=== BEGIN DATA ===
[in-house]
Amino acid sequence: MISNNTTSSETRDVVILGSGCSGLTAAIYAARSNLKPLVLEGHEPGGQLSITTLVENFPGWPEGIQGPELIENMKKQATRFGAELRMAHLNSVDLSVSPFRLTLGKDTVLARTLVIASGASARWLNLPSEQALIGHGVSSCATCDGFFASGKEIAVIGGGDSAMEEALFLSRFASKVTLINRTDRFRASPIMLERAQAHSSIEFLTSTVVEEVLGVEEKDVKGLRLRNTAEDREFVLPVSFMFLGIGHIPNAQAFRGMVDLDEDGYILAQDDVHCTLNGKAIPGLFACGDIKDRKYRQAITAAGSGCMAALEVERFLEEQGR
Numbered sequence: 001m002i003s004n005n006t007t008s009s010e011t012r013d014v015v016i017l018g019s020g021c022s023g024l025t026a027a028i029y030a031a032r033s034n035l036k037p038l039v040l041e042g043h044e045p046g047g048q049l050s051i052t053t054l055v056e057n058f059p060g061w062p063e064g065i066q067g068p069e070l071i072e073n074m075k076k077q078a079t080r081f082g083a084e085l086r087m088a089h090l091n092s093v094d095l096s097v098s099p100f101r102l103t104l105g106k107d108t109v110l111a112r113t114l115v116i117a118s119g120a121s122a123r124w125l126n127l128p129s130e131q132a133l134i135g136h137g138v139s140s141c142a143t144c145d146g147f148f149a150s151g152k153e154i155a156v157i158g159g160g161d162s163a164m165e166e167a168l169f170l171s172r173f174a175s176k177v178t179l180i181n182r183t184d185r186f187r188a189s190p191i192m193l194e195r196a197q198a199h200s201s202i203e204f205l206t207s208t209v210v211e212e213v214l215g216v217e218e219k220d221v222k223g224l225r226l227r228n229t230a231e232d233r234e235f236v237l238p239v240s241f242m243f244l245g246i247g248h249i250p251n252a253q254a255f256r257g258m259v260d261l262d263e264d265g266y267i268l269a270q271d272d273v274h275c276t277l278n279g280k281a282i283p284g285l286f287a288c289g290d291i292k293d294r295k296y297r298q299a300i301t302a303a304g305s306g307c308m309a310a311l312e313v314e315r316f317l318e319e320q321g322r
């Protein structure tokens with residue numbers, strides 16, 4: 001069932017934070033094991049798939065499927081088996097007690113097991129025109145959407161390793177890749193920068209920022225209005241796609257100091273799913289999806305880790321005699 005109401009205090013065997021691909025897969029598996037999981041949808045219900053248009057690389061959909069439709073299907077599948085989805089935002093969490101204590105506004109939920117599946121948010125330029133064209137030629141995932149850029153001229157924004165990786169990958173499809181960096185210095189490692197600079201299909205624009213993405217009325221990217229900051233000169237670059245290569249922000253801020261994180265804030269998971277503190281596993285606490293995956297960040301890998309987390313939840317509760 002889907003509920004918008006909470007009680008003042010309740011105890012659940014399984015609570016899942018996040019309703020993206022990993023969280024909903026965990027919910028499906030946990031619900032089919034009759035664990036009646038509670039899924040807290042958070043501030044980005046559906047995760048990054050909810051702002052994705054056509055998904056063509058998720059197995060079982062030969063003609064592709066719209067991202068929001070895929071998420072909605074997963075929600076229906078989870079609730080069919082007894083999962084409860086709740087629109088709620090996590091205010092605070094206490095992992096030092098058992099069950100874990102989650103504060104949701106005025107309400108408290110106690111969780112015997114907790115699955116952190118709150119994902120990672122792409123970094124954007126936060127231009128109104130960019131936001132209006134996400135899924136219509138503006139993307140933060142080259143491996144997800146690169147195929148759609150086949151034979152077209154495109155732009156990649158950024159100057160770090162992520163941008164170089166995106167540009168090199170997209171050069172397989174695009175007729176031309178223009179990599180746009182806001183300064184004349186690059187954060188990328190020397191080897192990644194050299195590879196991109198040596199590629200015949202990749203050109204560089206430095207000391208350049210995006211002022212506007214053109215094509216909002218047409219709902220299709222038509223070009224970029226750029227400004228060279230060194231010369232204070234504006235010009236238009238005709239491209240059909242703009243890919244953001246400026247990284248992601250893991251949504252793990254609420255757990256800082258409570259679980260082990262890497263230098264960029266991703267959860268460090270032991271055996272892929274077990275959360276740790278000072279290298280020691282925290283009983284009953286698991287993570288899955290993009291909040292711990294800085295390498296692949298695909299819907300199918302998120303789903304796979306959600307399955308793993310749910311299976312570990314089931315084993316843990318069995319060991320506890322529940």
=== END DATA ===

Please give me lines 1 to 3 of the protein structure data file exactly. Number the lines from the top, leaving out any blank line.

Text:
[in-house]
Amino acid sequence: MISNNTTSSETRDVVILGSGCSGLTAAIYAARSNLKPLVLEGHEPGGQLSITTLVENFPGWPEGIQGPELIENMKKQATRFGAELRMAHLNSVDLSVSPFRLTLGKDTVLARTLVIASGASARWLNLPSEQALIGHGVSSCATCDGFFASGKEIAVIGGGDSAMEEALFLSRFASKVTLINRTDRFRASPIMLERAQAHSSIEFLTSTVVEEVLGVEEKDVKGLRLRNTAEDREFVLPVSFMFLGIGHIPNAQAFRGMVDLDEDGYILAQDDVHCTLNGKAIPGLFACGDIKDRKYRQAITAAGSGCMAALEVERFLEEQGR
Numbered sequence: 001m002i003s004n005n006t007t008s009s010e011t012r013d014v015v016i017l018g019s020g021c022s023g024l025t026a027a028i029y030a031a032r033s034n035l036k037p038l039v040l041e042g043h044e045p046g047g048q049l050s051i052t053t054l055v056e057n058f059p060g061w062p063e064g065i066q067g068p069e070l071i072e073n074m075k076k077q078a079t080r081f082g083a084e085l086r087m088a089h090l091n092s093v094d095l096s097v098s099p100f101r102l103t104l105g106k107d108t109v110l111a112r113t114l115v116i117a118s119g120a121s122a123r124w125l126n127l128p129s130e131q132a133l134i135g136h137g138v139s140s141c142a143t144c145d146g147f148f149a150s151g152k153e154i155a156v157i158g159g160g161d162s163a164m165e166e167a168l169f170l171s172r173f174a175s176k177v178t179l180i181n182r183t184d185r186f187r188a189s190p191i192m193l194e195r196a197q198a199h200s201s202i203e204f205l206t207s208t209v210v211e212e213v214l215g216v217e218e219k220d221v222k223g224l225r226l227r228n229t230a231e232d233r234e235f236v237l238p239v240s241f242m243f244l245g246i247g248h249i250p251n252a253q254a255f256r257g258m259v260d261l262d263e264d265g266y267i268l269a270q271d272d273v274h275c276t277l278n279g280k281a282i283p284g285l286f287a288c289g290d291i292k293d294r295k296y297r298q299a300i301t302a303a304g305s306g307c308m309a310a311l312e313v314e315r316f317l318e319e320q321g322r